“The budget is not an invitation to the troika”

“The budget is not an invitation to the troika”

 

Review by Christos T. Panagopoulos –

Prime Minister, Alenka Bratušek, presented the 2014 and 2015 budget proposal to MPs on Tuesday as “demanding, thrifty, risky in some segments but in no way dangerous”.

The document is not an invitation to the troika but “tries to do all for us to resolve our domestic problems at home”.

Bratušek took the opportunity to criticise opposition parties, which were in charge of the 2004-2008 government under which the country’s gross debt doubled. “We are paying for your debts,” she said.

Starting the parliamentary path of the budget bill, expected to be passed in late November, Bratušek said that limitations to borrowing left the government with no other option but to smartly balance increased revenue and spending cuts.

The main features are a lowering of the budget deficit below 3% of GDP, which meets the basic demand for credibility in the EU, and an effort not to sacrifice development for debt by earmarking as much as possible for education and research and by not slowing down investment.

Commenting on tax revenue, she said the government was guided by the criteria of social fairness, which is why the VAT rate was increased and why a property tax was being introduced.

Bratušek took the opportunity to criticise opposition parties, which were in charge of the 2004-2008 government under which the country’s gross debt doubled. “We are paying for your debts,” she said.

Finance Minister, Uros Čufer, described the budget as leading towards fiscal stabilisation and announced the wish to secure a stable tax environment so that companies can plan for investments. “We will introduce no additional taxes in 2014,” he announced.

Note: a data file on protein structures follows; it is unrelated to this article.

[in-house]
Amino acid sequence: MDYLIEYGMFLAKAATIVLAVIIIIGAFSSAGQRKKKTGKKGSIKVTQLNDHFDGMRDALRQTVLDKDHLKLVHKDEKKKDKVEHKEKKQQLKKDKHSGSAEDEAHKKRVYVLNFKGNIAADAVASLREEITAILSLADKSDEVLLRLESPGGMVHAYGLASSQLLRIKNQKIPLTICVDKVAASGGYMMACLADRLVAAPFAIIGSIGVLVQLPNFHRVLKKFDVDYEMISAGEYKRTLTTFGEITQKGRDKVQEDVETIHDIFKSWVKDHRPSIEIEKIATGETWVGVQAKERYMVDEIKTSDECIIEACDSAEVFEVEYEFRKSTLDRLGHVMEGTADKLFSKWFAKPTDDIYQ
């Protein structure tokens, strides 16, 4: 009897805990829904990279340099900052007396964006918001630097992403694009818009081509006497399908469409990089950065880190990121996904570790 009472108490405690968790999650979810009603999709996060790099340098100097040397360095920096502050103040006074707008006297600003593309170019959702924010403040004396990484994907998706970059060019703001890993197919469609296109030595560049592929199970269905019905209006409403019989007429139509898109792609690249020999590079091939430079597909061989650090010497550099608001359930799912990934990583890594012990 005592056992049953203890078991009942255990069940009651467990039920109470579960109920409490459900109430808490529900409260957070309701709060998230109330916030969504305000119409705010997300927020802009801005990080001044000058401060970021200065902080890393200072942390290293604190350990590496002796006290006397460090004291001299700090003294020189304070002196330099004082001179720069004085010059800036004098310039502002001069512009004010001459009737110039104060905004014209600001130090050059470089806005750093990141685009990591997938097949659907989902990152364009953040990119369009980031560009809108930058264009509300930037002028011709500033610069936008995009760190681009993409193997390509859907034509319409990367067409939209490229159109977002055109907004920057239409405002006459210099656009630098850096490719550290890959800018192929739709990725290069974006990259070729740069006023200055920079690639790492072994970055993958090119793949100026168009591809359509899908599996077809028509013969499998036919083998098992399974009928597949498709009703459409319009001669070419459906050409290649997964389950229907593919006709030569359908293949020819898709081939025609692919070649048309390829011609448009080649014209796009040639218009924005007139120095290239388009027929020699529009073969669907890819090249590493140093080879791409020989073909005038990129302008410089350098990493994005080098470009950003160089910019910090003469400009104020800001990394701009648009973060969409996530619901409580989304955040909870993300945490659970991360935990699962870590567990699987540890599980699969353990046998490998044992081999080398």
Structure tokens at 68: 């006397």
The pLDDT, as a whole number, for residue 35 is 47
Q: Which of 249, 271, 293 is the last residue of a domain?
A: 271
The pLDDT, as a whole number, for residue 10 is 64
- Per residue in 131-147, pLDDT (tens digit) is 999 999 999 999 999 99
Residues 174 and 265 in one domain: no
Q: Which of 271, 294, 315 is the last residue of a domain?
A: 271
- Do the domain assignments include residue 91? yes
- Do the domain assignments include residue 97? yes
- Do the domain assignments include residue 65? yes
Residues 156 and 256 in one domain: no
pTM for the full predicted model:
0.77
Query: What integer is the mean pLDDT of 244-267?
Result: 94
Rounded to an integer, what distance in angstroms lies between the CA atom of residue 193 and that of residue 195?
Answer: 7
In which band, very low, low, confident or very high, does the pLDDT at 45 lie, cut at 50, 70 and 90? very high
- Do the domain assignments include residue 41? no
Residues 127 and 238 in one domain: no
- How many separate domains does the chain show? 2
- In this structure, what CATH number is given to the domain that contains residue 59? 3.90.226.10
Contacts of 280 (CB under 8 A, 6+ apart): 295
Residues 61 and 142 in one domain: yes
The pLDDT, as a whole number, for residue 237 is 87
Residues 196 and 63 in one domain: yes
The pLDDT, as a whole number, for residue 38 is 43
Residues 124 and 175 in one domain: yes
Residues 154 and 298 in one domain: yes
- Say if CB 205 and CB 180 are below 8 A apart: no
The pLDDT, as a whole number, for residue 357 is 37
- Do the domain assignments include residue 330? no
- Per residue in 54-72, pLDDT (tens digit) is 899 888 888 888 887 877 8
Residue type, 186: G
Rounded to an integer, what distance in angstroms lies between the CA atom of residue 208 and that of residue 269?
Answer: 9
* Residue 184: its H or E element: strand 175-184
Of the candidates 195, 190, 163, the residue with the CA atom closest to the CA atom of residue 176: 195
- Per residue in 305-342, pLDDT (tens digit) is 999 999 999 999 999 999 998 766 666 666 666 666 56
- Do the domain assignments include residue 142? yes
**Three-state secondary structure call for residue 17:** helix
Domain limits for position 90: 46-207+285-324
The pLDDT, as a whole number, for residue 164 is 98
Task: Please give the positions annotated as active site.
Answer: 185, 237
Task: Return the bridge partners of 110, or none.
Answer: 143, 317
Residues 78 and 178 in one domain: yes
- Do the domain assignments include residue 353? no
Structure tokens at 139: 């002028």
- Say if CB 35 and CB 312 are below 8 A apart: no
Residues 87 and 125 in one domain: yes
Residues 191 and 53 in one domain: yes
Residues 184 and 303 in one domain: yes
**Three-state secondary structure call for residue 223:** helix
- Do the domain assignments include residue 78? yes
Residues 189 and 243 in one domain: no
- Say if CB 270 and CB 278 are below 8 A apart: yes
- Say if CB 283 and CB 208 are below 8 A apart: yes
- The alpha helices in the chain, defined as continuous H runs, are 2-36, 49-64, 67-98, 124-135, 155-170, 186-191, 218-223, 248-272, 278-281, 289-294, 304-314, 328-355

In the revised budget for 2014 and a draft 2015 budget the government plans deficits of 2.9% and 2.4% of GDP, respectively.

Revenue in 2014 is projected at EUR 8.6bn, which is EUR 200m more than planned in the original document, while the planned expenditure for the next year stands at EUR 9.6bn.

The deficit is being increased by slightly over EUR 100m compared to the original budget.

On the revenue side, Čufer pointed to an additional EUR 143m next year resulting from the VAT increase and EUR 160m resulting from the halted gradual lowering of the corporate tax rate.

In expenditure, he highlighted cuts in the public sector, frozen pensions and social transfers and a much more rational management of necessary expenditure.

Debates on the budget will now start at parliamentary committees, while the parliamentary procedure will be coupled with increased EU oversight under new regulations that took effect in May requiring eurozone countries to coordinate fiscal policy with the EU.

Slovenia submitted the draft 2014 budget to the European Commission on 1 October and first feedback can be expected as early as 15 October in the event the Commission finds shortcomings in the meeting of deficit and debt targets.

The final opinion will come by 15 November, whereupon the budgets of all eurozone members will be scrutinised by the Eurogroup on 9 and 10 December.

Source: Slovenia Times